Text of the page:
Slow Dance
U.S. and China Agree to Consult on Fugitives

Secretary of Homeland Security Jeh Johnson was in China late last week, talking to his Chinese counterpart Guo Shengkun. The meeting was wide-ranging, hitting on issues as disparate as counterterrorism, intellectual property and cyber warfare. But perhaps the most significant subject of discussion was cooperation on repatriation and fugitive issues.

We wrote about the prospects for an extradition deal being struck between China and the United States back in March, raising the possibility that an agreement like this might be announced when Wang Qishan, Xi’s powerful “fire-fighter” in charge of the purge, makes a planned visit to Washington. No specific deal seems to have been struck yet, but clearly the two sides are starting some kind of dance together.

The AP reports:

A department news release Sunday said the sides would share more information on repatriation and fugitive cases and provide regular updates. China also agreed to expedite the return of the more than 39,000 Chinese citizens currently in the United States who are at some stage in the process of being deported.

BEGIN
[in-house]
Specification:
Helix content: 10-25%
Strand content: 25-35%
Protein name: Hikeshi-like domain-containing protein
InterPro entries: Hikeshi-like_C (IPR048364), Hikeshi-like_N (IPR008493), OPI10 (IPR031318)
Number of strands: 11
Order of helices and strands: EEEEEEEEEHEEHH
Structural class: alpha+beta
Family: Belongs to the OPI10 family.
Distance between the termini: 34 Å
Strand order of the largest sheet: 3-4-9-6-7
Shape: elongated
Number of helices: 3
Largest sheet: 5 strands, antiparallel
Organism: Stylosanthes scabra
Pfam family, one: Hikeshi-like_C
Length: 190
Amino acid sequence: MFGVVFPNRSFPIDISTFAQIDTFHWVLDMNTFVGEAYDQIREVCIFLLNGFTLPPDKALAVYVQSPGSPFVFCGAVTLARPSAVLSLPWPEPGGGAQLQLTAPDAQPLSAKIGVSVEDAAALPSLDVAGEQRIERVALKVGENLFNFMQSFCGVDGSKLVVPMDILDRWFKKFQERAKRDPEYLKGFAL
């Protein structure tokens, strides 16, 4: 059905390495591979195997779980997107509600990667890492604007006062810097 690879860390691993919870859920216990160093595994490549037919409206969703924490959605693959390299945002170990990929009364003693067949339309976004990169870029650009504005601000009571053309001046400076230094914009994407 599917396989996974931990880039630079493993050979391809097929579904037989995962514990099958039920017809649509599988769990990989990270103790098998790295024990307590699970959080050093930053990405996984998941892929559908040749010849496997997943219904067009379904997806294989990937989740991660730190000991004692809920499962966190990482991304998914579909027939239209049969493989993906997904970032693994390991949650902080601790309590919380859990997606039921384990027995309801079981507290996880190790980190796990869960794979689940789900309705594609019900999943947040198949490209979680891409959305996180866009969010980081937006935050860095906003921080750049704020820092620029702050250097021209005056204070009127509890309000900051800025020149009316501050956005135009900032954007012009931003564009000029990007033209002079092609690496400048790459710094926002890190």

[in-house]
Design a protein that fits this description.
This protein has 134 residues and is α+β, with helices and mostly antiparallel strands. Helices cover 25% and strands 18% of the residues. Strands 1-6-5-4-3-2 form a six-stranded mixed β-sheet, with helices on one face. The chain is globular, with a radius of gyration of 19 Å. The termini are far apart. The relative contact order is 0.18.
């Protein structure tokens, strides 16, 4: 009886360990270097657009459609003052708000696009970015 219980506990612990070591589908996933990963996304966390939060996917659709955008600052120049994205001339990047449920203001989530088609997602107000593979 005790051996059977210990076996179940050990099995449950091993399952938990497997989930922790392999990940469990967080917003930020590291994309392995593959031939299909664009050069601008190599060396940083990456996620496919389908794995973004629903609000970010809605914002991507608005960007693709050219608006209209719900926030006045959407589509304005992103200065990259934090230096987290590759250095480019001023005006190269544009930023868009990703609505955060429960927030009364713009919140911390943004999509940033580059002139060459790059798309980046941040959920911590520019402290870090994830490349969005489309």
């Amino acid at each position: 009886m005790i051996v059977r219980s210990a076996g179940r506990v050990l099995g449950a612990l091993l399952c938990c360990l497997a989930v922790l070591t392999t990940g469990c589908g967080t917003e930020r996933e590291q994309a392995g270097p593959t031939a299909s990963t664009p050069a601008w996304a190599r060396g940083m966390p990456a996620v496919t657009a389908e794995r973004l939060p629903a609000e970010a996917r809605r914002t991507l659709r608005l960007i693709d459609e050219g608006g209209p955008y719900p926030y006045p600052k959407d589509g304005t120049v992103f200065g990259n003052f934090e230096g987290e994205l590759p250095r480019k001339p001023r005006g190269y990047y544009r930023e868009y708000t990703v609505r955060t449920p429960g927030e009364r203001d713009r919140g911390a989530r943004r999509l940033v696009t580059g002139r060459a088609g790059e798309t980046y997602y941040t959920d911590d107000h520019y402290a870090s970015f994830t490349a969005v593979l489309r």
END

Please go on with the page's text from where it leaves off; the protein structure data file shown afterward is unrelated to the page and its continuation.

“The two participants further acknowledged that neither country should serve as a safe haven for fugitives,” the news release said.

Given the systematically corrupt way in which Chinese officialdom functions, many of the thousands snared by Xi’s anti-corruption campaign are no doubt guilty of some form of graft. Yet it’s critical to remember that what’s going on in Xi’s China is still an old-school party purge—of the type Stalin relied on so heavily for power consolidation. Given the political nature of the purge, playing along with it could pose thorny political and moral problems for the U.S. And it’s not at all clear that the U.S. should be scaring off potentially useful defectors from the upper ranks of a major geopolitical opponent’s power structure.

Let’s hope the Obama Administration proceeds with due caution.

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